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Oregon Reports New Case of Bubonic Plague

You are currently viewing Oregon Reports New Case of Bubonic Plague
This reported case happened when a cat owner was infected by their sick cat.
  • Post category:news

In rural Oregon, a new case of human bubonic plague was reported, the first human case in Oregon in over eight years. The person who has the disease is a resident of Deschutes County and is believed to have been infected by their cat. According to the report from the Deschutes County Health Services Department, the person’s cat had developed feelings and due to the owner’s contact with the cat, they were then infected. Humans can be infected by a pet through transfer via tissue or bodily fluid. This means that if the animal sneezed or coughed on the owner, licked the owner, or the owner touched anything while cleaning the cat’s food bowls or litter box. Humans can also be infected by animals that are carrying fleas, which are usually what infect the animal in the first place.

Cats are actually more prone to carrying the plague than other household pets like dogs.

Most often, cats get the plague from fleas which carry Yersinia pestis, the form of bacterium that causes the bubonic plague. These fleas usually live on rats who come into contact with other animals, like cats, and the fleas will then hop to the other animal and the cycle continues until it reaches humans. Having an infected flea on the animal does not guarantee that the animal will get infected, but cats often do. Cat’s bodies struggle to clear up infection, so if they end up getting sick, they stay sick unless tended to by a human. Additionally, they are more likely to chase and capture rodents, leading to more frequent exposure.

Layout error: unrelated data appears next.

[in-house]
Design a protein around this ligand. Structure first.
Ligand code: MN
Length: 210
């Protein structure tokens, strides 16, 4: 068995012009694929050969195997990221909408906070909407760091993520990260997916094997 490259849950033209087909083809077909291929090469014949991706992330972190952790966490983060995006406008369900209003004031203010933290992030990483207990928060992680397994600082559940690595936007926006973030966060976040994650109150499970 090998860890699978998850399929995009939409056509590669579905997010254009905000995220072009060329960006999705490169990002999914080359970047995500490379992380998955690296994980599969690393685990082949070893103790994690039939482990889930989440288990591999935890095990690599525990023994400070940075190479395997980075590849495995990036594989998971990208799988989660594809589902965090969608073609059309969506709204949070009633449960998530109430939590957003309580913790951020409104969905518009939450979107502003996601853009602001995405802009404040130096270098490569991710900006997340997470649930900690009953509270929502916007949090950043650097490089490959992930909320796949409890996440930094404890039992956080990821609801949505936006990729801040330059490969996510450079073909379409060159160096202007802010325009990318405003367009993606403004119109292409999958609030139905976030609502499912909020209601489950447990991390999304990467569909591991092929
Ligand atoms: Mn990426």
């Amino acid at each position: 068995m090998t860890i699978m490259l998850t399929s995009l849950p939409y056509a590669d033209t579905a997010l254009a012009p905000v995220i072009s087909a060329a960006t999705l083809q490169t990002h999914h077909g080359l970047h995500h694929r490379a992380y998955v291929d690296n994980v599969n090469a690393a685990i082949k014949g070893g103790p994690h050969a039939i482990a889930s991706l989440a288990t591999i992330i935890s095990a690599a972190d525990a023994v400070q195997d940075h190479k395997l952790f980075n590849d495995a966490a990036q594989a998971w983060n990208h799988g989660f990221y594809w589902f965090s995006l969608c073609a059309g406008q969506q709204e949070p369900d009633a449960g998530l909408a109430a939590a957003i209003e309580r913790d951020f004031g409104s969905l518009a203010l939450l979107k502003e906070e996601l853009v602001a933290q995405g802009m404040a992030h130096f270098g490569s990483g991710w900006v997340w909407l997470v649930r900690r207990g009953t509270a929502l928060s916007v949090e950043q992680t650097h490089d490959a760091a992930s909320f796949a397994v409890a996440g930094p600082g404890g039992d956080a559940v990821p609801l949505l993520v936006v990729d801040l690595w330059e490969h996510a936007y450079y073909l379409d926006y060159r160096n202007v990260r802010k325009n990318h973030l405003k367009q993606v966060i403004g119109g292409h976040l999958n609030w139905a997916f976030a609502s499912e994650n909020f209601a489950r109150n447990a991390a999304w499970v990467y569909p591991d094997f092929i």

In this case, the cat was very ill and had a draining abscess, which is what is believed to lead to the owner’s infection.

The infection is identified as the bubonic plague because of the nature of how it started in the body; it starts with the infection of a lymph node. The infection spread from there, going into the bloodstream, and leading to the person needing to be hospitalized. County health officials said the person responded well to antibiotics but showed signs of now possibly having developed pneumonic plague, which raised concerns as that easily spreads among humans.

The county health officials decided to act in preparation of wider spread and gave antibiotics to all who the infected person had recently been in contact with, to nip any potential spreading in the bud. They have expressed confidence in their plan, stating they will be “very surprised if we see any other cases.”

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